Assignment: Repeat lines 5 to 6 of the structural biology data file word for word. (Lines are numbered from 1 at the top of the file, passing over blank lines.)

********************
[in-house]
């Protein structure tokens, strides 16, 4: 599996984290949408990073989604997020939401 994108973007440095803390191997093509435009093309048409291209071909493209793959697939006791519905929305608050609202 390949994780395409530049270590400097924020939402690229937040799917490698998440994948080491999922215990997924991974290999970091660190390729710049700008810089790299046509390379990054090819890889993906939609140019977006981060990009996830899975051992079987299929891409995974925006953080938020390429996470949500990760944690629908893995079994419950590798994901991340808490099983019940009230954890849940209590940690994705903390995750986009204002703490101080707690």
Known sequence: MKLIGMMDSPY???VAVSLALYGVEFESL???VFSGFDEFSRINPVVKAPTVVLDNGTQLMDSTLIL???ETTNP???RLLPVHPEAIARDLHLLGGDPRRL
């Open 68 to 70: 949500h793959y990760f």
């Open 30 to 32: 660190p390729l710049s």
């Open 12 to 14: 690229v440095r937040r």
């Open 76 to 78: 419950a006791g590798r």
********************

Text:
């Open 30 to 32: 660190p390729l710049s």
């Open 12 to 14: 690229v440095r937040r």